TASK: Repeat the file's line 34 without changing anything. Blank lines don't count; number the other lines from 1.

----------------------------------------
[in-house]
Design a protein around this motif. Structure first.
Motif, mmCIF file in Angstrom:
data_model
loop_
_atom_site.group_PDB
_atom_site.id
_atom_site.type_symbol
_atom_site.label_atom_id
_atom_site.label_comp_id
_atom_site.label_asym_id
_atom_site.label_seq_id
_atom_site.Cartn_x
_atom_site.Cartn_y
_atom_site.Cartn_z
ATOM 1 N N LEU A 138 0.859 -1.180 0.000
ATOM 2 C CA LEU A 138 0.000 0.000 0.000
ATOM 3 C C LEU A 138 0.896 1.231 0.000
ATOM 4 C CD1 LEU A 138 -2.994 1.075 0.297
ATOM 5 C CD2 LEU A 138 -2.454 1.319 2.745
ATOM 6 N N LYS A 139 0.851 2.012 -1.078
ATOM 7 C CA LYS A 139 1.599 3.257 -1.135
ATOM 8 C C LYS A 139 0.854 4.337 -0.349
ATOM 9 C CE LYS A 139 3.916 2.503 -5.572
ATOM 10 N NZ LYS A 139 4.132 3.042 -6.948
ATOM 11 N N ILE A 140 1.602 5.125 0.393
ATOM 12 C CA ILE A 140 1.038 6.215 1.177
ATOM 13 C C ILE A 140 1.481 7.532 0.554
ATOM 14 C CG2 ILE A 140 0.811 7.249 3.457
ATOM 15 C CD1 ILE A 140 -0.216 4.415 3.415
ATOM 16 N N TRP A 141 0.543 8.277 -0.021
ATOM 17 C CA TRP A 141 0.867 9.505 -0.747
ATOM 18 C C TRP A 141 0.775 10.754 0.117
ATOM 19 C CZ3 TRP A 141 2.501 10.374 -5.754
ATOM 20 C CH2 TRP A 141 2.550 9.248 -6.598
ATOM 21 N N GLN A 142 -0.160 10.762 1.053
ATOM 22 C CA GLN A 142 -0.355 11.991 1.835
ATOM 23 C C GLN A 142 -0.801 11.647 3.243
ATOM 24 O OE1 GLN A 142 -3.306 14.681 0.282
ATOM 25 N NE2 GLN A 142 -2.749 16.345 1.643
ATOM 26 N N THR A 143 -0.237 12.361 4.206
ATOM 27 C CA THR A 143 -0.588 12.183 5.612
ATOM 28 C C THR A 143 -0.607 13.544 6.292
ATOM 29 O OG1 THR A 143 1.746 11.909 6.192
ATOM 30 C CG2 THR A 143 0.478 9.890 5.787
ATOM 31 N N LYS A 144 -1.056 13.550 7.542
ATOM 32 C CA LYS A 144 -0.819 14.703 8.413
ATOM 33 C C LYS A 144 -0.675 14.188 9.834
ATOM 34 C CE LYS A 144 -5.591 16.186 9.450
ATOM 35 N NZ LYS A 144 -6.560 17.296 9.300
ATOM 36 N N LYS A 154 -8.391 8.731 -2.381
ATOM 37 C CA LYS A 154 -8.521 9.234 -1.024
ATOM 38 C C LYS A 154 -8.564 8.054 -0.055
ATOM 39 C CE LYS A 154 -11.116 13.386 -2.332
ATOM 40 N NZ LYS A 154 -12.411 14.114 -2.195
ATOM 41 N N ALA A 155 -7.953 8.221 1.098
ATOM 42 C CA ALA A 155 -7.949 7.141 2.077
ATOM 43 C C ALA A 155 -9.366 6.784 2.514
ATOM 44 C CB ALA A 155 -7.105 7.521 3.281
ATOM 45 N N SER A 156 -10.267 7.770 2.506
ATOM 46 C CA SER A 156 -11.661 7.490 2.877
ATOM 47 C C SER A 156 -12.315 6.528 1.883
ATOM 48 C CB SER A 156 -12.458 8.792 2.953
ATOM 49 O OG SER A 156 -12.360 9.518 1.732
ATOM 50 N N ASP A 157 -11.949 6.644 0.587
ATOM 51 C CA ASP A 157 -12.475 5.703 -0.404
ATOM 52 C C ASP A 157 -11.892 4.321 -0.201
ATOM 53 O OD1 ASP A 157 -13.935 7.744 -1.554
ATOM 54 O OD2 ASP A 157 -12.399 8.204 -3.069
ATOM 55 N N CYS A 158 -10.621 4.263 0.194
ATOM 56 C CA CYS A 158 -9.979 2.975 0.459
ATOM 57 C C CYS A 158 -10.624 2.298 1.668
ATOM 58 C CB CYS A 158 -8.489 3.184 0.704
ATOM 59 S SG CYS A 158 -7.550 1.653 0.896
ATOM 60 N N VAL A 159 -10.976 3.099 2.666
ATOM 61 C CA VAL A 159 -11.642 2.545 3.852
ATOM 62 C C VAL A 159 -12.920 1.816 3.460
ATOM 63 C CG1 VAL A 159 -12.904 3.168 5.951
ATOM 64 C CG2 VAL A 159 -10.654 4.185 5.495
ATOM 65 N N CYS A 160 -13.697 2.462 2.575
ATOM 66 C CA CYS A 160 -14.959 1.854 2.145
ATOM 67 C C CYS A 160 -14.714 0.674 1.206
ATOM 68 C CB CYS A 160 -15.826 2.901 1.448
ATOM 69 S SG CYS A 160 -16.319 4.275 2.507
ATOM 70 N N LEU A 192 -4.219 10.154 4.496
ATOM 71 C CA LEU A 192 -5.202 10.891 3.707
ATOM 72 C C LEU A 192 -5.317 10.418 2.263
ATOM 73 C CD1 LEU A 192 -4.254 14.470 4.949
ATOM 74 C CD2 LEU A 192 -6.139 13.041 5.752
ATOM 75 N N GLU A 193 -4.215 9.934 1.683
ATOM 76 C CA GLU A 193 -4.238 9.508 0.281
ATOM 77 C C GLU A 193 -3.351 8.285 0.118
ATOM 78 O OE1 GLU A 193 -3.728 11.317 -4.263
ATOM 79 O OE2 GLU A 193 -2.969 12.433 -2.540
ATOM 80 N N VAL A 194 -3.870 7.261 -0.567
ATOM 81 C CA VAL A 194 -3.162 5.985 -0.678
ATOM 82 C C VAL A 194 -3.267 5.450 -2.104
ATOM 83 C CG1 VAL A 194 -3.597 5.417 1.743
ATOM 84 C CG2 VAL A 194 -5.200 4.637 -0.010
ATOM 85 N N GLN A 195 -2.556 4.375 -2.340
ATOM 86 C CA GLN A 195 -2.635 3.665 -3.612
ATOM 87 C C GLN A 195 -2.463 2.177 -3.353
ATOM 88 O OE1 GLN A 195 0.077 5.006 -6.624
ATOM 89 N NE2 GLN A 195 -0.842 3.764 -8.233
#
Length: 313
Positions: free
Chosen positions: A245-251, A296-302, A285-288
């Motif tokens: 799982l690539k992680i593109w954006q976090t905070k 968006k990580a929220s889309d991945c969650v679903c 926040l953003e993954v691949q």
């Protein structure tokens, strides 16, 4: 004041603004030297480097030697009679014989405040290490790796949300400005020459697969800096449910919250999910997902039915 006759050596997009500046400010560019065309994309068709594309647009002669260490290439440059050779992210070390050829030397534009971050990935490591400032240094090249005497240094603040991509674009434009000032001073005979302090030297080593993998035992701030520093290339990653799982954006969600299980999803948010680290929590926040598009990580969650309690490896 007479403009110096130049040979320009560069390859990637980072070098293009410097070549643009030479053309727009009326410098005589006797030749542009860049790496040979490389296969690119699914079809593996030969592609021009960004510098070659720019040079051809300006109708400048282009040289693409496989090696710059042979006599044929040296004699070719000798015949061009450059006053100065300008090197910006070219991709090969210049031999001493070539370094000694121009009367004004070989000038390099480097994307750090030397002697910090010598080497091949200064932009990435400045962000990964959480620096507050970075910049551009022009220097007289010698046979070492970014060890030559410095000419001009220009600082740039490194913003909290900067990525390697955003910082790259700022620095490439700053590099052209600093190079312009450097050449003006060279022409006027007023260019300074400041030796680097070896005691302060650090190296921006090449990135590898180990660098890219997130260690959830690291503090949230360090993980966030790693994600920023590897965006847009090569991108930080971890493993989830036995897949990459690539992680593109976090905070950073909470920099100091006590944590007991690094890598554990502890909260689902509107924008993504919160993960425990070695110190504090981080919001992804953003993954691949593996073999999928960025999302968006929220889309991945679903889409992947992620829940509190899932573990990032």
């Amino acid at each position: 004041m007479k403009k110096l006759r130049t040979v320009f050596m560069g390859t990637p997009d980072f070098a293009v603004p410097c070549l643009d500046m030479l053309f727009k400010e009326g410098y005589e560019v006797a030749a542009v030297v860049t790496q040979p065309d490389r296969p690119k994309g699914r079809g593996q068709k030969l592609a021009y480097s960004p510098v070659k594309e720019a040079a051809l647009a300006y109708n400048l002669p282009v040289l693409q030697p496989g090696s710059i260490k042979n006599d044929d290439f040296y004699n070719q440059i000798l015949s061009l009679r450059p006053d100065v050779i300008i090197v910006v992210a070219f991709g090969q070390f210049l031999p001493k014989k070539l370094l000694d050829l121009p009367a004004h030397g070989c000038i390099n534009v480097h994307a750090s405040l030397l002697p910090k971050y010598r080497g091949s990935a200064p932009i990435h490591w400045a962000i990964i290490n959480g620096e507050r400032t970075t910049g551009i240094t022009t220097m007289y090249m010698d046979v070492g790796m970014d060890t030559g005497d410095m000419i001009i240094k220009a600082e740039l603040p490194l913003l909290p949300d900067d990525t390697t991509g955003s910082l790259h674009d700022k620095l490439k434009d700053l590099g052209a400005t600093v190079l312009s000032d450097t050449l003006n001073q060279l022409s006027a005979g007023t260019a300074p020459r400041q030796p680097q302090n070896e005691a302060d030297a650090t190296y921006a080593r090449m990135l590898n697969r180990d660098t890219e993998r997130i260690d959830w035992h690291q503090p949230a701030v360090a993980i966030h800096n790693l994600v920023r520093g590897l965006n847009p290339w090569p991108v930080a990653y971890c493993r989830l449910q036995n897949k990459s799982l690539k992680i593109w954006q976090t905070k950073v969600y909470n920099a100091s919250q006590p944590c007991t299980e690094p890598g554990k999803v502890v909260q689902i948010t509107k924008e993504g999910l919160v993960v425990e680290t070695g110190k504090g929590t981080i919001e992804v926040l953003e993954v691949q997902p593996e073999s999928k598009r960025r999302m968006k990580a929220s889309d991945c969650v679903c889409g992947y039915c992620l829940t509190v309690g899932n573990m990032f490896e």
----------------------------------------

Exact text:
ATOM 19 C CZ3 TRP A 141 2.501 10.374 -5.754